It is here in Denizli that Swiss-born Iranian photographer Laurence Rasti began her work. While pursuing her BA in photography from Ecole cantonale d’art de Lausanne, Rasti began focusing on issues of gender and identity. As a first-generation Swiss woman, she began using photography to examine the cultural codes of both the East and the West. Between 2014 and 2016, Rasti made ten trips to the city to photograph men and women driven to hide in plain sight. By befriending the people and earning their trust, Rasti created a series of intimate portraits that were singled out for distinction to the Magnum Photography Awards 2016 by juror Amy Pereira, Director of Photography at MSNBC.
On November 4, Rasti will publish her first book There Are No Homosexuals in Iran (Edition Patrick Frey). The title was inspired by the words of former Iranian president Mahmoud Ahmadinejad at a speech given at Columbia University on September 24, 2007. “In Iran, we do not have homosexuals like in your country,” the then President proudly declared, failing to shed light on the circumstances that enabled him to make this claim.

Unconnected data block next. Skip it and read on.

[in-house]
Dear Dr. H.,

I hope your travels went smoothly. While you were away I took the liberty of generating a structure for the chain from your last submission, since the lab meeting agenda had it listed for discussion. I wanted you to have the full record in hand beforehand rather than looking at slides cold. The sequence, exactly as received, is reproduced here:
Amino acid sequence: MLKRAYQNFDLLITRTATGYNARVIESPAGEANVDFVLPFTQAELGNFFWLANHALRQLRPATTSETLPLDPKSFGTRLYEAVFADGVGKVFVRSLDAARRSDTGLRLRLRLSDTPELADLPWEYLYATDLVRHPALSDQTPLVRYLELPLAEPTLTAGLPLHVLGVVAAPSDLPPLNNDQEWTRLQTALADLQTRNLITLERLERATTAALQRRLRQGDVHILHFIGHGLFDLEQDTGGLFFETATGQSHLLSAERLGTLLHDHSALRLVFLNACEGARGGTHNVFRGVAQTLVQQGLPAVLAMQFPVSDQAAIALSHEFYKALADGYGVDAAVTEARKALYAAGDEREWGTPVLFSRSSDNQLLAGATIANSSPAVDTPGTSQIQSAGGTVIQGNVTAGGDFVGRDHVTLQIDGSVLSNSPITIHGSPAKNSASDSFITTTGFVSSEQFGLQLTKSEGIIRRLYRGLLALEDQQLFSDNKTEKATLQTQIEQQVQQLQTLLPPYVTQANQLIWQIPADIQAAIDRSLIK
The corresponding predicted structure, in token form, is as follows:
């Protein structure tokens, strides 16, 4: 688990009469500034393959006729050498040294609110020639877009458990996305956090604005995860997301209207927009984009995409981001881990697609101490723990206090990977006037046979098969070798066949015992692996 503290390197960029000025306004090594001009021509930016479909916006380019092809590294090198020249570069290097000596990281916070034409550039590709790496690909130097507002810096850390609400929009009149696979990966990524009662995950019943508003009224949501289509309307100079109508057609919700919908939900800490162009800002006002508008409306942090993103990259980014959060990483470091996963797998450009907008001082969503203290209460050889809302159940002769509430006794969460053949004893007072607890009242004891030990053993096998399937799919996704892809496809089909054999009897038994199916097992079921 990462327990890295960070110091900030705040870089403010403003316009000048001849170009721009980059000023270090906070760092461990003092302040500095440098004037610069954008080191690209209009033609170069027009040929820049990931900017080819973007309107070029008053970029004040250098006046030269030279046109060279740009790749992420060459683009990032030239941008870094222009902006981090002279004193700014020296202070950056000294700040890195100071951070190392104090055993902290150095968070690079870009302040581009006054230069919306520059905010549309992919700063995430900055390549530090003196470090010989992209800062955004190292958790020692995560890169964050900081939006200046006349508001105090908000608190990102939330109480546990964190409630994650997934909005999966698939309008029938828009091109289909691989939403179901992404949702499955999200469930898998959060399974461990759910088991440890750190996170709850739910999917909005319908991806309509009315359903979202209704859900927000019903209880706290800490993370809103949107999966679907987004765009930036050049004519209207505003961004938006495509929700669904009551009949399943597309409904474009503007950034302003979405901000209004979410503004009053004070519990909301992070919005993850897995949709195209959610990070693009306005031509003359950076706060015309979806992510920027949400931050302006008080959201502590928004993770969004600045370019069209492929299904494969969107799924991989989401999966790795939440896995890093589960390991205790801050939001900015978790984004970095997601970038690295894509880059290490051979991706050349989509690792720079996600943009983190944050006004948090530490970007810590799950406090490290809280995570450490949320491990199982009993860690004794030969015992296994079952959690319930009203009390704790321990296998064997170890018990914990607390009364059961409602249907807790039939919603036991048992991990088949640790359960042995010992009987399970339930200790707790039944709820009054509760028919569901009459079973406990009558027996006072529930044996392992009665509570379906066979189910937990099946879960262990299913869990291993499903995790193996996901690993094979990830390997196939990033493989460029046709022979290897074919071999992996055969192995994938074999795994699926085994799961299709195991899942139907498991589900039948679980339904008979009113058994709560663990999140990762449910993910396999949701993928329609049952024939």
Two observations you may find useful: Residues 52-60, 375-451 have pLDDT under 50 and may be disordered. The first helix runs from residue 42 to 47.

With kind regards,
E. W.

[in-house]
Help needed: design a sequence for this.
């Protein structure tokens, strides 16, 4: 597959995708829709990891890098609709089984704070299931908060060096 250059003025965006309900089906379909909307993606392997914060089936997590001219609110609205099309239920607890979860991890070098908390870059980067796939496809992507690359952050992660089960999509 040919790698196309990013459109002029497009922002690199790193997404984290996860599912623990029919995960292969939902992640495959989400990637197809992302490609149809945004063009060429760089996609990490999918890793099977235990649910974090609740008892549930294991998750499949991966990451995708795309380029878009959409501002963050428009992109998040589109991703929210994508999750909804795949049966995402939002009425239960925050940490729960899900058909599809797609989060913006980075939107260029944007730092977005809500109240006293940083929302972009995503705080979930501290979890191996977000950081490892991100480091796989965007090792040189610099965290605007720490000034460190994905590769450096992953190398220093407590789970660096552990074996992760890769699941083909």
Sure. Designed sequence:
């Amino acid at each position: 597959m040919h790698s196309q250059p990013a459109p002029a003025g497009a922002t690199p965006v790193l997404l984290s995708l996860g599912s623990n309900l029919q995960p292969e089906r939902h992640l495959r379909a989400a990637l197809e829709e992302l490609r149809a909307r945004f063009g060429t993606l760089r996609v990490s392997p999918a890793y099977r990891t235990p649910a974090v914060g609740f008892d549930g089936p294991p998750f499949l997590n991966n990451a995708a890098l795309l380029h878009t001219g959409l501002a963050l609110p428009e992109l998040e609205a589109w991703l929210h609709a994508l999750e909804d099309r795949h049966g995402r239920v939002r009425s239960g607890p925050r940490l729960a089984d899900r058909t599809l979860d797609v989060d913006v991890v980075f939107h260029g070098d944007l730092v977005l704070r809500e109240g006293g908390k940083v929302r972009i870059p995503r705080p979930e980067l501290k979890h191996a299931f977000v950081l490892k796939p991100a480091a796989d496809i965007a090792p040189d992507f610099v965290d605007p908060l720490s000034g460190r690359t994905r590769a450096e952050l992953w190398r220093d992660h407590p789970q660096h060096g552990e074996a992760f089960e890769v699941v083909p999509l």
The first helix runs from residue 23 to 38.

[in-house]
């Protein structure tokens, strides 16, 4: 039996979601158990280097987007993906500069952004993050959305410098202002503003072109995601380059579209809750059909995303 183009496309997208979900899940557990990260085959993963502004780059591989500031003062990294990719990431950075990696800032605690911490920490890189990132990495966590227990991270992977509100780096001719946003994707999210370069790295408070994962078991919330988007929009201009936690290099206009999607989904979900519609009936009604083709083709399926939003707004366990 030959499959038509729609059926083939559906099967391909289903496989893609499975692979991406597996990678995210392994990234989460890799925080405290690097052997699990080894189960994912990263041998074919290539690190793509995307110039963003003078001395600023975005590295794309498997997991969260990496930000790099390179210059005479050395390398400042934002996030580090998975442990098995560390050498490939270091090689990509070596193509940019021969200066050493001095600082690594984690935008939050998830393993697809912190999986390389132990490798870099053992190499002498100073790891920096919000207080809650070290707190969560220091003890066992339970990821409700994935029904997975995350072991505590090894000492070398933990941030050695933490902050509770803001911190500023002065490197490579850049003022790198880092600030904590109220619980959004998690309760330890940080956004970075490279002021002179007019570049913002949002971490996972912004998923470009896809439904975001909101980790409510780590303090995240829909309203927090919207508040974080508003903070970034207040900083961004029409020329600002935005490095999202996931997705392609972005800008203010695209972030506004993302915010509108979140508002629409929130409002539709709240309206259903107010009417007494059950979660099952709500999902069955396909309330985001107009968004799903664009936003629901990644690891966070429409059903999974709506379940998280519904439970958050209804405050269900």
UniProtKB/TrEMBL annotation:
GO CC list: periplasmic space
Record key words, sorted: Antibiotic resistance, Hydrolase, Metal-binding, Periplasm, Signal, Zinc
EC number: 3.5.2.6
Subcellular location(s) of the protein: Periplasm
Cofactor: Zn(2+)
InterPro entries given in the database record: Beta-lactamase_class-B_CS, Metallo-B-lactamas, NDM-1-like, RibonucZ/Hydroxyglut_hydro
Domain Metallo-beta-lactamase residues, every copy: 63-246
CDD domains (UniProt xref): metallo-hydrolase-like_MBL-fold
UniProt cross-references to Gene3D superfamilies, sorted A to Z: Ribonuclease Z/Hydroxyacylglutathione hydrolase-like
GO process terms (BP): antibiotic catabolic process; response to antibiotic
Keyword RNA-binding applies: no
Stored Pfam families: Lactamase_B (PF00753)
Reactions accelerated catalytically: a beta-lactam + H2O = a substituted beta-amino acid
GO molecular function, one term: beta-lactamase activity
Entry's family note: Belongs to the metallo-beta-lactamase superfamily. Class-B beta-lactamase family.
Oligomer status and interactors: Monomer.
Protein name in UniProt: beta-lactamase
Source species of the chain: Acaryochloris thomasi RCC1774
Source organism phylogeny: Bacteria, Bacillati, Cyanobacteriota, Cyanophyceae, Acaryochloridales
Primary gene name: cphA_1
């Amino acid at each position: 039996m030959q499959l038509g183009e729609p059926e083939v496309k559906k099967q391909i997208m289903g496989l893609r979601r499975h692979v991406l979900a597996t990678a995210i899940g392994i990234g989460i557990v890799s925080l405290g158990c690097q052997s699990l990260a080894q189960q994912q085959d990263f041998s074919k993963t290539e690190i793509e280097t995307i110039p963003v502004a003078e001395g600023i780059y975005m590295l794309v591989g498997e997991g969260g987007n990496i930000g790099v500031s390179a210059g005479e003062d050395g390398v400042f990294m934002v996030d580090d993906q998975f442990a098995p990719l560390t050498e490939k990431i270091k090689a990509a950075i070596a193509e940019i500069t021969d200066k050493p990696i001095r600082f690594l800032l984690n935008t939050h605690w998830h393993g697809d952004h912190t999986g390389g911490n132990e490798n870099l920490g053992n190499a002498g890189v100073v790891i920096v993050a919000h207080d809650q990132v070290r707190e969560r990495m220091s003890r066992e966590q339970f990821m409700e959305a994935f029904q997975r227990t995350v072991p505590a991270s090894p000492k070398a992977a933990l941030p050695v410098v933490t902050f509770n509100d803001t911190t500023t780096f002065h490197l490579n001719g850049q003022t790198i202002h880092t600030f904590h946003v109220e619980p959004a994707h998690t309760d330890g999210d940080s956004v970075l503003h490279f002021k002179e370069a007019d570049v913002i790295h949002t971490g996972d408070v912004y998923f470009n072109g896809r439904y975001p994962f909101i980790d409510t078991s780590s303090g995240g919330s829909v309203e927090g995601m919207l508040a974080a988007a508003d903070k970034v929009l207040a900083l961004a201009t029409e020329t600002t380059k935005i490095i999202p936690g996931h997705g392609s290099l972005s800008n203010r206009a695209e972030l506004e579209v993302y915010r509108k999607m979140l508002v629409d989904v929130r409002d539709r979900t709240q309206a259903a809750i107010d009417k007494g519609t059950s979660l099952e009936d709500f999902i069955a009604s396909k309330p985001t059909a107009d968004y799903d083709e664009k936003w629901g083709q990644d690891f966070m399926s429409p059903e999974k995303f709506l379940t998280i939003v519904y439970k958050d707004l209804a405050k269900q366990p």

Rasti shares her experiences making this work, offering insights on how to photograph invisible people with compassion, dignity, and respect.
A MATTER OF LIFE AND DEATH
“Since the revolution in 1979, homosexuality is considered as a crime based on the Iranian penal code and lots of homosexuals have been executed since. I don’t know if we can say that it was legal before 1979 as nothing was specified on this but it was still a taboo in society. Most of the time the pressure of the family which is more difficult than anything else.